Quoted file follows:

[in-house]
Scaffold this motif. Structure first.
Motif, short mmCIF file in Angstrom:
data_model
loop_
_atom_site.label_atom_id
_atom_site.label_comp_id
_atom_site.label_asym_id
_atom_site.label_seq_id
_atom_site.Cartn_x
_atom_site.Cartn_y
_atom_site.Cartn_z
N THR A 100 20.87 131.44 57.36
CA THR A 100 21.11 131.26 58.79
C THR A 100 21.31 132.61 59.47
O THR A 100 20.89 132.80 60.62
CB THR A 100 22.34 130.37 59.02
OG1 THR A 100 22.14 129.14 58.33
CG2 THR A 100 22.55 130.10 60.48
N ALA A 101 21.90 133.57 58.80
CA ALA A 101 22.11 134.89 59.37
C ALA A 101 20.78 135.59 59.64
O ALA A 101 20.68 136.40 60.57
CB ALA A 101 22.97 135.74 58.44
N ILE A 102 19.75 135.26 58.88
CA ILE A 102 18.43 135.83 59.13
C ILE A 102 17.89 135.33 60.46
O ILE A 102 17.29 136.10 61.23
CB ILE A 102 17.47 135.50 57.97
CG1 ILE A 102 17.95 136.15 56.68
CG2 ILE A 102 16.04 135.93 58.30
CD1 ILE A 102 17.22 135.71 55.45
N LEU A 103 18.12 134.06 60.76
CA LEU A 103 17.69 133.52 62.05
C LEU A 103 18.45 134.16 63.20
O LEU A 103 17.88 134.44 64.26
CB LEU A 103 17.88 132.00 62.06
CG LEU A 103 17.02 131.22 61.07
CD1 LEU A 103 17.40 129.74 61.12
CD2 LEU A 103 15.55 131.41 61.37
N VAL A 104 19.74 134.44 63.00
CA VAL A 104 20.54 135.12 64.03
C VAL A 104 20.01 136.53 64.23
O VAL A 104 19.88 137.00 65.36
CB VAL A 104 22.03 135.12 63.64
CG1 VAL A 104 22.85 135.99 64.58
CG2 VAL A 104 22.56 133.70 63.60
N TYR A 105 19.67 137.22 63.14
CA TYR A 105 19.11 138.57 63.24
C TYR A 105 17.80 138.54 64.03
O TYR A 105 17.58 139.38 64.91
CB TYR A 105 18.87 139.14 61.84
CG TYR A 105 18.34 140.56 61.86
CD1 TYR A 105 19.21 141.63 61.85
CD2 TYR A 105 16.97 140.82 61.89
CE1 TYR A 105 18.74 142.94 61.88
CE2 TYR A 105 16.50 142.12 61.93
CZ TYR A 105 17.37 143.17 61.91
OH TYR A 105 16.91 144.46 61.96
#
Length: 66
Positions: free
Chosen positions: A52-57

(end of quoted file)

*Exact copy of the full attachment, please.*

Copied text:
[in-house]
Scaffold this motif. Structure first.
Motif, short mmCIF file in Angstrom:
data_model
loop_
_atom_site.label_atom_id
_atom_site.label_comp_id
_atom_site.label_asym_id
_atom_site.label_seq_id
_atom_site.Cartn_x
_atom_site.Cartn_y
_atom_site.Cartn_z
N THR A 100 20.87 131.44 57.36
CA THR A 100 21.11 131.26 58.79
C THR A 100 21.31 132.61 59.47
O THR A 100 20.89 132.80 60.62
CB THR A 100 22.34 130.37 59.02
OG1 THR A 100 22.14 129.14 58.33
CG2 THR A 100 22.55 130.10 60.48
N ALA A 101 21.90 133.57 58.80
CA ALA A 101 22.11 134.89 59.37
C ALA A 101 20.78 135.59 59.64
O ALA A 101 20.68 136.40 60.57
CB ALA A 101 22.97 135.74 58.44
N ILE A 102 19.75 135.26 58.88
CA ILE A 102 18.43 135.83 59.13
C ILE A 102 17.89 135.33 60.46
O ILE A 102 17.29 136.10 61.23
CB ILE A 102 17.47 135.50 57.97
CG1 ILE A 102 17.95 136.15 56.68
CG2 ILE A 102 16.04 135.93 58.30
CD1 ILE A 102 17.22 135.71 55.45
N LEU A 103 18.12 134.06 60.76
CA LEU A 103 17.69 133.52 62.05
C LEU A 103 18.45 134.16 63.20
O LEU A 103 17.88 134.44 64.26
CB LEU A 103 17.88 132.00 62.06
CG LEU A 103 17.02 131.22 61.07
CD1 LEU A 103 17.40 129.74 61.12
CD2 LEU A 103 15.55 131.41 61.37
N VAL A 104 19.74 134.44 63.00
CA VAL A 104 20.54 135.12 64.03
C VAL A 104 20.01 136.53 64.23
O VAL A 104 19.88 137.00 65.36
CB VAL A 104 22.03 135.12 63.64
CG1 VAL A 104 22.85 135.99 64.58
CG2 VAL A 104 22.56 133.70 63.60
N TYR A 105 19.67 137.22 63.14
CA TYR A 105 19.11 138.57 63.24
C TYR A 105 17.80 138.54 64.03
O TYR A 105 17.58 139.38 64.91
CB TYR A 105 18.87 139.14 61.84
CG TYR A 105 18.34 140.56 61.86
CD1 TYR A 105 19.21 141.63 61.85
CD2 TYR A 105 16.97 140.82 61.89
CE1 TYR A 105 18.74 142.94 61.88
CE2 TYR A 105 16.50 142.12 61.93
CZ TYR A 105 17.37 143.17 61.91
OH TYR A 105 16.91 144.46 61.96
#
Length: 66
Positions: free
Chosen positions: A52-57